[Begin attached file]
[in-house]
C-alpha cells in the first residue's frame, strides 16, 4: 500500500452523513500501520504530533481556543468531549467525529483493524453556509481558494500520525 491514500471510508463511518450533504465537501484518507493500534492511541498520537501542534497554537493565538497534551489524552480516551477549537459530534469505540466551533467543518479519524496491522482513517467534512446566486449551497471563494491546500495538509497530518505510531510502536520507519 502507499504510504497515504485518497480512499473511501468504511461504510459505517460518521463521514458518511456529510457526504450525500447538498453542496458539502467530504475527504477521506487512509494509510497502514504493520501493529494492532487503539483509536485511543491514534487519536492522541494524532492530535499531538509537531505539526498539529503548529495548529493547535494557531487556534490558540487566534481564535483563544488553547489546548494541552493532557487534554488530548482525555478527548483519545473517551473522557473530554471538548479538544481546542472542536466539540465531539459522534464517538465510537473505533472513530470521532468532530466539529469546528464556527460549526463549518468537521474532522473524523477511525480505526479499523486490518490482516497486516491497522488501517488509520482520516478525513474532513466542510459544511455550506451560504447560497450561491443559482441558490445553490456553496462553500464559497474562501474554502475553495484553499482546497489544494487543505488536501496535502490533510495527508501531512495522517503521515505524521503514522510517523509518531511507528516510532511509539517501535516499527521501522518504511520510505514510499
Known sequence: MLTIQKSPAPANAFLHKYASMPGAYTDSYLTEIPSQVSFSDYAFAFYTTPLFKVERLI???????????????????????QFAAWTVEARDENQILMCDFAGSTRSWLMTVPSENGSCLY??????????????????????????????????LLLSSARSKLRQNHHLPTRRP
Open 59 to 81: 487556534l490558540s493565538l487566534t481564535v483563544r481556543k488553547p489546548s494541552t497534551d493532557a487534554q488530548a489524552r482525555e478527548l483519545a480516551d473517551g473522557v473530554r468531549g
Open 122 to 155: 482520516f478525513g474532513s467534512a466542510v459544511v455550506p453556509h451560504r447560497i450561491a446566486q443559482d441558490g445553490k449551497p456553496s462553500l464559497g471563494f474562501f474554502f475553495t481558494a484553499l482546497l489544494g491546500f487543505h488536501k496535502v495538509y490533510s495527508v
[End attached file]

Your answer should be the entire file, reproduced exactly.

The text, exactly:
[in-house]
C-alpha cells in the first residue's frame, strides 16, 4: 500500500452523513500501520504530533481556543468531549467525529483493524453556509481558494500520525 491514500471510508463511518450533504465537501484518507493500534492511541498520537501542534497554537493565538497534551489524552480516551477549537459530534469505540466551533467543518479519524496491522482513517467534512446566486449551497471563494491546500495538509497530518505510531510502536520507519 502507499504510504497515504485518497480512499473511501468504511461504510459505517460518521463521514458518511456529510457526504450525500447538498453542496458539502467530504475527504477521506487512509494509510497502514504493520501493529494492532487503539483509536485511543491514534487519536492522541494524532492530535499531538509537531505539526498539529503548529495548529493547535494557531487556534490558540487566534481564535483563544488553547489546548494541552493532557487534554488530548482525555478527548483519545473517551473522557473530554471538548479538544481546542472542536466539540465531539459522534464517538465510537473505533472513530470521532468532530466539529469546528464556527460549526463549518468537521474532522473524523477511525480505526479499523486490518490482516497486516491497522488501517488509520482520516478525513474532513466542510459544511455550506451560504447560497450561491443559482441558490445553490456553496462553500464559497474562501474554502475553495484553499482546497489544494487543505488536501496535502490533510495527508501531512495522517503521515505524521503514522510517523509518531511507528516510532511509539517501535516499527521501522518504511520510505514510499
Known sequence: MLTIQKSPAPANAFLHKYASMPGAYTDSYLTEIPSQVSFSDYAFAFYTTPLFKVERLI???????????????????????QFAAWTVEARDENQILMCDFAGSTRSWLMTVPSENGSCLY??????????????????????????????????LLLSSARSKLRQNHHLPTRRP
Open 59 to 81: 487556534l490558540s493565538l487566534t481564535v483563544r481556543k488553547p489546548s494541552t497534551d493532557a487534554q488530548a489524552r482525555e478527548l483519545a480516551d473517551g473522557v473530554r468531549g
Open 122 to 155: 482520516f478525513g474532513s467534512a466542510v459544511v455550506p453556509h451560504r447560497i450561491a446566486q443559482d441558490g445553490k449551497p456553496s462553500l464559497g471563494f474562501f474554502f475553495t481558494a484553499l482546497l489544494g491546500f487543505h488536501k496535502v495538509y490533510s495527508v